Investment managers are bullish on equities and emerging markets for the coming year, but are less in agreement on how bonds will perform, according to a recent survey.
Managers expect anticipated returns on global equities to remain at 10% for 2011, with returns for other equity markets increasing to 10% from 9% in 2010, according to the poll by global professional services company Towers Watson.
The global survey is based on responses from 141 investment managers with assets under management of $13.5 trillion for institutional investors and $2.9 trillion for retail investors.
"This influential group of investment managers indicates that we continue on the path to recovery, but that it will be volatile and patchy depending on the market," said Carl Hess, Towers Watson's global head of investment.
According to the survey, 85% of managers are bullish for the next five years on emerging markets, with 79% holding that view on public equities, 54% for private equities and 49% for real estate. Managers turned neutral on hedge funds and bearish on money markets.
The survey showed a wide disparity on bonds, indicating a significant level of uncertainty about the potential yields on both short- and long-term securities. However, 76% of managers were bullish on emerging market debt, while 79% held bearish views on the prospects for government bonds. The overall view was neutral toward inflation-linked government bonds and high-yield bonds.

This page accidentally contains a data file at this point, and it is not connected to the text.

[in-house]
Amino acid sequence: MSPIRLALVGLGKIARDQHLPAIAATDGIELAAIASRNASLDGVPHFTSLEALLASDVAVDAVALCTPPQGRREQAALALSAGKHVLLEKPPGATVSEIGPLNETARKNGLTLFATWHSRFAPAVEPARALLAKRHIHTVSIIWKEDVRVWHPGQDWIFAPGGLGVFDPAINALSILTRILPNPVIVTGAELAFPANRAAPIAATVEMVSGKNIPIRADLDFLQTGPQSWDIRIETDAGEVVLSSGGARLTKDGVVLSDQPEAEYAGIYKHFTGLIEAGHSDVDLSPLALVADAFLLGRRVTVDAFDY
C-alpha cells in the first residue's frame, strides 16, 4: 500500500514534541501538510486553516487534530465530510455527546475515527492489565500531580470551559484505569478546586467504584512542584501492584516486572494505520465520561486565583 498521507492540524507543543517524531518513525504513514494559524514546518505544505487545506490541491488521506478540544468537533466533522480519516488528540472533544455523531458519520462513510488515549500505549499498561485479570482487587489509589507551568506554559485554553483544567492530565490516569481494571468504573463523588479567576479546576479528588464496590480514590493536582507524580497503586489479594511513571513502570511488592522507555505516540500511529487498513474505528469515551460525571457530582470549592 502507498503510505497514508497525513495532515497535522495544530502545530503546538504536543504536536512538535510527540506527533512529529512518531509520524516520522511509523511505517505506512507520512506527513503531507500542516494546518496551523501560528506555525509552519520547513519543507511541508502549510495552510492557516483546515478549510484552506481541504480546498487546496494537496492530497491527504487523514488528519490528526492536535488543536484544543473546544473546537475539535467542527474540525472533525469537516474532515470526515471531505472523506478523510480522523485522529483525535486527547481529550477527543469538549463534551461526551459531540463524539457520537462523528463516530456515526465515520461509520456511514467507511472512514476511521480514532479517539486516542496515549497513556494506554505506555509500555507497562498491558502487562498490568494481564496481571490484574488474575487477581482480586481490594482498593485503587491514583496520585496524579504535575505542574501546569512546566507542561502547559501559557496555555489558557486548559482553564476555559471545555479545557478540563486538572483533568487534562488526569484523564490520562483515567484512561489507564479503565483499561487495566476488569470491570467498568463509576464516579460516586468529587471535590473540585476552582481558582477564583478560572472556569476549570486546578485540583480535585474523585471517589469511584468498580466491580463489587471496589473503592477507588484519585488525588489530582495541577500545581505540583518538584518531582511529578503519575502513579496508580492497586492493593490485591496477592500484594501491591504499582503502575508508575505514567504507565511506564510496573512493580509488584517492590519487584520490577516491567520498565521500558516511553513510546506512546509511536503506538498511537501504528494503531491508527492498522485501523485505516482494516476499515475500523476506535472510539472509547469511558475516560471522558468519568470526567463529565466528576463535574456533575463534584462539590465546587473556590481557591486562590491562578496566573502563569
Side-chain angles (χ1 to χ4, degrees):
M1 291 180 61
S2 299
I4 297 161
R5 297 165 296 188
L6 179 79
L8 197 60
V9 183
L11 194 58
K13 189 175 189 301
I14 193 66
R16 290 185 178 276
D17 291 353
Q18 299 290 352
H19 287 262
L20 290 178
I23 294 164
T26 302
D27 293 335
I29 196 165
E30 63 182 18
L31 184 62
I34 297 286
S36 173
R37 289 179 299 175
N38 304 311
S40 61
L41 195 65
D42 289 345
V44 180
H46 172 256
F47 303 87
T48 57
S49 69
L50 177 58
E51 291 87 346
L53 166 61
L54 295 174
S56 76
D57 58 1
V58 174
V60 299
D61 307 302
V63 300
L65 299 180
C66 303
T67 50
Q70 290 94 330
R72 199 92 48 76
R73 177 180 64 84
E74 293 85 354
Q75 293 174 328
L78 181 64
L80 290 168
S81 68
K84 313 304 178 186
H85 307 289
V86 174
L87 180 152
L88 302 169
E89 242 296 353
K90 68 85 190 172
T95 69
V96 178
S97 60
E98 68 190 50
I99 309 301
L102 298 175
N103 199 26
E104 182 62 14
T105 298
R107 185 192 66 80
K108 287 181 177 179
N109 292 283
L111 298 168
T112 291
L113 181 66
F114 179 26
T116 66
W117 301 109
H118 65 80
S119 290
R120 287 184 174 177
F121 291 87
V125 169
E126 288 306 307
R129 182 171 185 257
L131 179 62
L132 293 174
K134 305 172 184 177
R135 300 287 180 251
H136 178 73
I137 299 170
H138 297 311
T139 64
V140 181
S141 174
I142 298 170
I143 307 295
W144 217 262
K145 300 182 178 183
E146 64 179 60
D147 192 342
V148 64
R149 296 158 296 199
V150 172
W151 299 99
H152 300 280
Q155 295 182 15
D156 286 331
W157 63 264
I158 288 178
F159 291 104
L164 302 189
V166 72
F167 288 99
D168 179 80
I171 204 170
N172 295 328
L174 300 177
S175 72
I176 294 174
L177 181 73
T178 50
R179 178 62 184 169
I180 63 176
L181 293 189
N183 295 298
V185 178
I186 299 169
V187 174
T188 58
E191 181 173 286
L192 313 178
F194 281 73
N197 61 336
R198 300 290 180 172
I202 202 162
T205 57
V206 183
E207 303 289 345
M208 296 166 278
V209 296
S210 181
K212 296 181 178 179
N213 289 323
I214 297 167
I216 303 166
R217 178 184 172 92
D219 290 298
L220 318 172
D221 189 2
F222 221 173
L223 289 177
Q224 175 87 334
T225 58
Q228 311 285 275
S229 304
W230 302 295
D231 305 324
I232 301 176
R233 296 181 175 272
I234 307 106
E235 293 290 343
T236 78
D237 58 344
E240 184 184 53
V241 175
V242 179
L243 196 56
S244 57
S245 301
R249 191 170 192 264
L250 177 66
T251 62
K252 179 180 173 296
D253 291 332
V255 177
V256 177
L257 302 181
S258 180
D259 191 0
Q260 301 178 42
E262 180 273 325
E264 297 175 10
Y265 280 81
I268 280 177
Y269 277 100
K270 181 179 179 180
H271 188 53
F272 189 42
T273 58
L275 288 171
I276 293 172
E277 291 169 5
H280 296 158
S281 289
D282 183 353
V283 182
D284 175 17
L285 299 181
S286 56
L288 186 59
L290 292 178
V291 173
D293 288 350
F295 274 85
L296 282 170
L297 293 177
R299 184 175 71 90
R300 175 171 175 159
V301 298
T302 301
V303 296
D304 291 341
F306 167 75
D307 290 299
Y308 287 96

The survey also showed managers expect short-term government rates to remain low in 2011, except for Australia and China. Those rates are expected to trend up over the next ten years. Long-term government bond yields are expected to be moderate in 2011, but rise during the next ten years. Managers also expect real yields on 10-year inflation-linked bonds across all markets to start rising in 2011, setting a trend for the next ten years, contrary to last year's survey results.
"After two years of very easy monetary policy and of quantitative easing in the U.S. and U.K., monetary policy is set to slowly return to more normal conditions over the next years," said Hess. "While markets anticipate a gradual increase in policy rates, uncertainty around the timing and the extent of rate hikes will be a dominant source of uncertainty and market volatility."
Managers also expect GDP growth in all markets to range from 1.8% in Japan to 8.9% in China, with the U.S. up 3%, U.K. up 2%, the Euro zone up 1.8% and Australia up 3.2%. The study, which was conducted at the end of 2010 reported an expectation of crude oil to reach $92 per barrel in 2011. As of the writing of this article, crude oil has already topped $100 per barrel.